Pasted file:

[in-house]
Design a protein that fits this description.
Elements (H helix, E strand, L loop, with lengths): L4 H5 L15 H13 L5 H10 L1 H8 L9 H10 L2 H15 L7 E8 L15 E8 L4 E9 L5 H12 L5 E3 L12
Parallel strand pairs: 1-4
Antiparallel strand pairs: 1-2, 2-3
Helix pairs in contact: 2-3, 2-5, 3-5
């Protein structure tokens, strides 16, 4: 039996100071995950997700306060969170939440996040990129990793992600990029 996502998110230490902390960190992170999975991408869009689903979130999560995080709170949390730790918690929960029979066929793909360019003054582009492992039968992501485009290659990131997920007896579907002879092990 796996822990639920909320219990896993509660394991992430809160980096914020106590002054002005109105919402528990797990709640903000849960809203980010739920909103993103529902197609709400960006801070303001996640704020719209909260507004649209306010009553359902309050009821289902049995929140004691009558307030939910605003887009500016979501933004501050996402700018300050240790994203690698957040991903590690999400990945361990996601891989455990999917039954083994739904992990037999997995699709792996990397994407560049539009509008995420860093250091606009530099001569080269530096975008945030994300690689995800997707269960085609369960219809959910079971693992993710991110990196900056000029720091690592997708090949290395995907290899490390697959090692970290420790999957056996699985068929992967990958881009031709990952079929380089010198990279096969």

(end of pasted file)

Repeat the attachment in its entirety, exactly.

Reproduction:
[in-house]
Design a protein that fits this description.
Elements (H helix, E strand, L loop, with lengths): L4 H5 L15 H13 L5 H10 L1 H8 L9 H10 L2 H15 L7 E8 L15 E8 L4 E9 L5 H12 L5 E3 L12
Parallel strand pairs: 1-4
Antiparallel strand pairs: 1-2, 2-3
Helix pairs in contact: 2-3, 2-5, 3-5
């Protein structure tokens, strides 16, 4: 039996100071995950997700306060969170939440996040990129990793992600990029 996502998110230490902390960190992170999975991408869009689903979130999560995080709170949390730790918690929960029979066929793909360019003054582009492992039968992501485009290659990131997920007896579907002879092990 796996822990639920909320219990896993509660394991992430809160980096914020106590002054002005109105919402528990797990709640903000849960809203980010739920909103993103529902197609709400960006801070303001996640704020719209909260507004649209306010009553359902309050009821289902049995929140004691009558307030939910605003887009500016979501933004501050996402700018300050240790994203690698957040991903590690999400990945361990996601891989455990999917039954083994739904992990037999997995699709792996990397994407560049539009509008995420860093250091606009530099001569080269530096975008945030994300690689995800997707269960085609369960219809959910079971693992993710991110990196900056000029720091690592997708090949290395995907290899490390697959090692970290420790999957056996699985068929992967990958881009031709990952079929380089010198990279096969």